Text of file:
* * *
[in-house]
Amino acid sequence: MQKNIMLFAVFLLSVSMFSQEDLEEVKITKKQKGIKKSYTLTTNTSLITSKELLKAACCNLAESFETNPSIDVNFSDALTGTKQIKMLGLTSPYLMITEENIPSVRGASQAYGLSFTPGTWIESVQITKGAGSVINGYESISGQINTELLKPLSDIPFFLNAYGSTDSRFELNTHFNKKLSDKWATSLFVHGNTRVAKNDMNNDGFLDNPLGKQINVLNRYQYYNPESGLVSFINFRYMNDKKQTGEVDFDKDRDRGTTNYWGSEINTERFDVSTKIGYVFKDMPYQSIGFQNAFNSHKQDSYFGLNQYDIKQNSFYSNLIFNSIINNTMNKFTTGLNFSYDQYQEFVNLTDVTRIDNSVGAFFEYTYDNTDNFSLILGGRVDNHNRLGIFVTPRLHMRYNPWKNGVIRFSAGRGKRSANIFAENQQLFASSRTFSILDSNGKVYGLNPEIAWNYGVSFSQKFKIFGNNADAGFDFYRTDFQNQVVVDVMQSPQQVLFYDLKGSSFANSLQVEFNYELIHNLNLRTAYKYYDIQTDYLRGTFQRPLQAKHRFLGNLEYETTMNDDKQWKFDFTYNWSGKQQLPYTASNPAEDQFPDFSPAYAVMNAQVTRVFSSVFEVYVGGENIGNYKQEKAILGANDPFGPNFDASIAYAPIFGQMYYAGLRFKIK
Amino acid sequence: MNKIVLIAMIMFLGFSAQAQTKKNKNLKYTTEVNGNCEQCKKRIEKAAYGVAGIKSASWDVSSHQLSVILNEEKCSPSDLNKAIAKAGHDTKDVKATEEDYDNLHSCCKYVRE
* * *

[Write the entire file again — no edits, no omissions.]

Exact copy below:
[in-house]
Amino acid sequence: MQKNIMLFAVFLLSVSMFSQEDLEEVKITKKQKGIKKSYTLTTNTSLITSKELLKAACCNLAESFETNPSIDVNFSDALTGTKQIKMLGLTSPYLMITEENIPSVRGASQAYGLSFTPGTWIESVQITKGAGSVINGYESISGQINTELLKPLSDIPFFLNAYGSTDSRFELNTHFNKKLSDKWATSLFVHGNTRVAKNDMNNDGFLDNPLGKQINVLNRYQYYNPESGLVSFINFRYMNDKKQTGEVDFDKDRDRGTTNYWGSEINTERFDVSTKIGYVFKDMPYQSIGFQNAFNSHKQDSYFGLNQYDIKQNSFYSNLIFNSIINNTMNKFTTGLNFSYDQYQEFVNLTDVTRIDNSVGAFFEYTYDNTDNFSLILGGRVDNHNRLGIFVTPRLHMRYNPWKNGVIRFSAGRGKRSANIFAENQQLFASSRTFSILDSNGKVYGLNPEIAWNYGVSFSQKFKIFGNNADAGFDFYRTDFQNQVVVDVMQSPQQVLFYDLKGSSFANSLQVEFNYELIHNLNLRTAYKYYDIQTDYLRGTFQRPLQAKHRFLGNLEYETTMNDDKQWKFDFTYNWSGKQQLPYTASNPAEDQFPDFSPAYAVMNAQVTRVFSSVFEVYVGGENIGNYKQEKAILGANDPFGPNFDASIAYAPIFGQMYYAGLRFKIK
Amino acid sequence: MNKIVLIAMIMFLGFSAQAQTKKNKNLKYTTEVNGNCEQCKKRIEKAAYGVAGIKSASWDVSSHQLSVILNEEKCSPSDLNKAIAKAGHDTKDVKATEEDYDNLHSCCKYVRE